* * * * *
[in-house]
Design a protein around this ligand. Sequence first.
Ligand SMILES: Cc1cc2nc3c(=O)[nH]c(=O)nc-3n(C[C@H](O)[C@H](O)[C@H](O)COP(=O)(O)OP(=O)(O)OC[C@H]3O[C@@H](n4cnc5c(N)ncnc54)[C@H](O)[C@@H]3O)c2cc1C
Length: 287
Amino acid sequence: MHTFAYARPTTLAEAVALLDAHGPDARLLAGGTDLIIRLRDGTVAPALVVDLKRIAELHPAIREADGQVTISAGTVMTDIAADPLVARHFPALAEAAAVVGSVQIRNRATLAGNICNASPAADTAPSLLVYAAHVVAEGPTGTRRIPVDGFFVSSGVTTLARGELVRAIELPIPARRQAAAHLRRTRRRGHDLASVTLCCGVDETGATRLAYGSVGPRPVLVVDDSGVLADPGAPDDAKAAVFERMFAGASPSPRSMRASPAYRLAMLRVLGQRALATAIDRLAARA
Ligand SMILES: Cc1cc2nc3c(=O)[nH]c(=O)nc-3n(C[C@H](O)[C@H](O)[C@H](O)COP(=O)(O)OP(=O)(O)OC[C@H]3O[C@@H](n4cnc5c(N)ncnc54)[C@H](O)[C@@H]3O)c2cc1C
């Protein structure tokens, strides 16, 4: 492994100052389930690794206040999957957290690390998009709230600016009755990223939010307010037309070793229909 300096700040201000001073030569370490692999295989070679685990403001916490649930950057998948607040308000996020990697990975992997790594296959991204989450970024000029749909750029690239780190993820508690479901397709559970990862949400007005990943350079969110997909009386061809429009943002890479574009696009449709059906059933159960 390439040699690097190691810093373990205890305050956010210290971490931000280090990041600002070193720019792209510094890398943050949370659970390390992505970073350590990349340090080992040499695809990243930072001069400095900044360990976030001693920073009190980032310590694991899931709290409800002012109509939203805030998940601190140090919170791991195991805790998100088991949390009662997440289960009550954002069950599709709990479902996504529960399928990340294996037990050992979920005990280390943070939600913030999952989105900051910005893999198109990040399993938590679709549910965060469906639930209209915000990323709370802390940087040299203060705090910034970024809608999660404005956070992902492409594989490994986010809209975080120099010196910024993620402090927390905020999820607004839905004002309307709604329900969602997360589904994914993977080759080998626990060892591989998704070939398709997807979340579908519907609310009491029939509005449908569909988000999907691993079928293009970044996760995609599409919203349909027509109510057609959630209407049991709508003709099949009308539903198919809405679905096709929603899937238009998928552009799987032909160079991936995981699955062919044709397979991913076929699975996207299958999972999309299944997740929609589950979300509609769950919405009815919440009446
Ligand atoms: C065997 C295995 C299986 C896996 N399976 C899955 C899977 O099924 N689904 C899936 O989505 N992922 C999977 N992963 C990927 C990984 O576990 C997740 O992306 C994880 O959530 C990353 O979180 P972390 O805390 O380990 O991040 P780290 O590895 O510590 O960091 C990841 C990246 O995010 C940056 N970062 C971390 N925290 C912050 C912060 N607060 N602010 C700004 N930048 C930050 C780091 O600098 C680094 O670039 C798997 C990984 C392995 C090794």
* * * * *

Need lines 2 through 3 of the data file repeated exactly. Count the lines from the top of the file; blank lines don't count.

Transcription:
Design a protein around this ligand. Sequence first.
Ligand SMILES: Cc1cc2nc3c(=O)[nH]c(=O)nc-3n(C[C@H](O)[C@H](O)[C@H](O)COP(=O)(O)OP(=O)(O)OC[C@H]3O[C@@H](n4cnc5c(N)ncnc54)[C@H](O)[C@@H]3O)c2cc1C